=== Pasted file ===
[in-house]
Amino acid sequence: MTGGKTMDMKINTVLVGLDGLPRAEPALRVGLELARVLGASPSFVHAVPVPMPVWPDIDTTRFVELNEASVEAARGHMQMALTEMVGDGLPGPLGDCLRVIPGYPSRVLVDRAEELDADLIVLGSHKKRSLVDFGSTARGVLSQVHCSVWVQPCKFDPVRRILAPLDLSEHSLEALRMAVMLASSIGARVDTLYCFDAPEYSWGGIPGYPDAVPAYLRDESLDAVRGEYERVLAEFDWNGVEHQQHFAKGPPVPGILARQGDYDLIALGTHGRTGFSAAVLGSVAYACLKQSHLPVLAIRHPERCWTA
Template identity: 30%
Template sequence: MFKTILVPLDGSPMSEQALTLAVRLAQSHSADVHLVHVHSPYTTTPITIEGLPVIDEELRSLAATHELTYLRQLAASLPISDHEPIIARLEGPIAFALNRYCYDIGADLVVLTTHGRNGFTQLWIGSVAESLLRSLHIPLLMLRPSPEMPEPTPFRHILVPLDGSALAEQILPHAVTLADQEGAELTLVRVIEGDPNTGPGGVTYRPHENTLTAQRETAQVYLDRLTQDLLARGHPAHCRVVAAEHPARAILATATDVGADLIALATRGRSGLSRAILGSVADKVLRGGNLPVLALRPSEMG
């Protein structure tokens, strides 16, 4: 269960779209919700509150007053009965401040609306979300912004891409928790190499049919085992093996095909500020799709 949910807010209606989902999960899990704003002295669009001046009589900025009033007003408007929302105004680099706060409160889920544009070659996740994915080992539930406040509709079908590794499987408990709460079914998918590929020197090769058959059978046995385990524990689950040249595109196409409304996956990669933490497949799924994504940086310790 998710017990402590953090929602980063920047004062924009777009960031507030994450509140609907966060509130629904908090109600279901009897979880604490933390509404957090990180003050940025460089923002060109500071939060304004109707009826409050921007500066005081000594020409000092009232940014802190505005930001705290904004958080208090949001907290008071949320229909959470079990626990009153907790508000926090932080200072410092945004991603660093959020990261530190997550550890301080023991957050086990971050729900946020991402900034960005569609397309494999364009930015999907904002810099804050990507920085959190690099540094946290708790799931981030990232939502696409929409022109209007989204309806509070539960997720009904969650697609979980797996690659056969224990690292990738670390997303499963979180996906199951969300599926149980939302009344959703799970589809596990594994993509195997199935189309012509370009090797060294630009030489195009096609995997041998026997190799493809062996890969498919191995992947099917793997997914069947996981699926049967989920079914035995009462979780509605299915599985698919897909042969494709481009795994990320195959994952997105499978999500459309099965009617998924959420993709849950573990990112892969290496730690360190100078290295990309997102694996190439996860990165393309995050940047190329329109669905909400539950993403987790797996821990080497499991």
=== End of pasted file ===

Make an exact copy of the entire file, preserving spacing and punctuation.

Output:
[in-house]
Amino acid sequence: MTGGKTMDMKINTVLVGLDGLPRAEPALRVGLELARVLGASPSFVHAVPVPMPVWPDIDTTRFVELNEASVEAARGHMQMALTEMVGDGLPGPLGDCLRVIPGYPSRVLVDRAEELDADLIVLGSHKKRSLVDFGSTARGVLSQVHCSVWVQPCKFDPVRRILAPLDLSEHSLEALRMAVMLASSIGARVDTLYCFDAPEYSWGGIPGYPDAVPAYLRDESLDAVRGEYERVLAEFDWNGVEHQQHFAKGPPVPGILARQGDYDLIALGTHGRTGFSAAVLGSVAYACLKQSHLPVLAIRHPERCWTA
Template identity: 30%
Template sequence: MFKTILVPLDGSPMSEQALTLAVRLAQSHSADVHLVHVHSPYTTTPITIEGLPVIDEELRSLAATHELTYLRQLAASLPISDHEPIIARLEGPIAFALNRYCYDIGADLVVLTTHGRNGFTQLWIGSVAESLLRSLHIPLLMLRPSPEMPEPTPFRHILVPLDGSALAEQILPHAVTLADQEGAELTLVRVIEGDPNTGPGGVTYRPHENTLTAQRETAQVYLDRLTQDLLARGHPAHCRVVAAEHPARAILATATDVGADLIALATRGRSGLSRAILGSVADKVLRGGNLPVLALRPSEMG
């Protein structure tokens, strides 16, 4: 269960779209919700509150007053009965401040609306979300912004891409928790190499049919085992093996095909500020799709 949910807010209606989902999960899990704003002295669009001046009589900025009033007003408007929302105004680099706060409160889920544009070659996740994915080992539930406040509709079908590794499987408990709460079914998918590929020197090769058959059978046995385990524990689950040249595109196409409304996956990669933490497949799924994504940086310790 998710017990402590953090929602980063920047004062924009777009960031507030994450509140609907966060509130629904908090109600279901009897979880604490933390509404957090990180003050940025460089923002060109500071939060304004109707009826409050921007500066005081000594020409000092009232940014802190505005930001705290904004958080208090949001907290008071949320229909959470079990626990009153907790508000926090932080200072410092945004991603660093959020990261530190997550550890301080023991957050086990971050729900946020991402900034960005569609397309494999364009930015999907904002810099804050990507920085959190690099540094946290708790799931981030990232939502696409929409022109209007989204309806509070539960997720009904969650697609979980797996690659056969224990690292990738670390997303499963979180996906199951969300599926149980939302009344959703799970589809596990594994993509195997199935189309012509370009090797060294630009030489195009096609995997041998026997190799493809062996890969498919191995992947099917793997997914069947996981699926049967989920079914035995009462979780509605299915599985698919897909042969494709481009795994990320195959994952997105499978999500459309099965009617998924959420993709849950573990990112892969290496730690360190100078290295990309997102694996190439996860990165393309995050940047190329329109669905909400539950993403987790797996821990080497499991």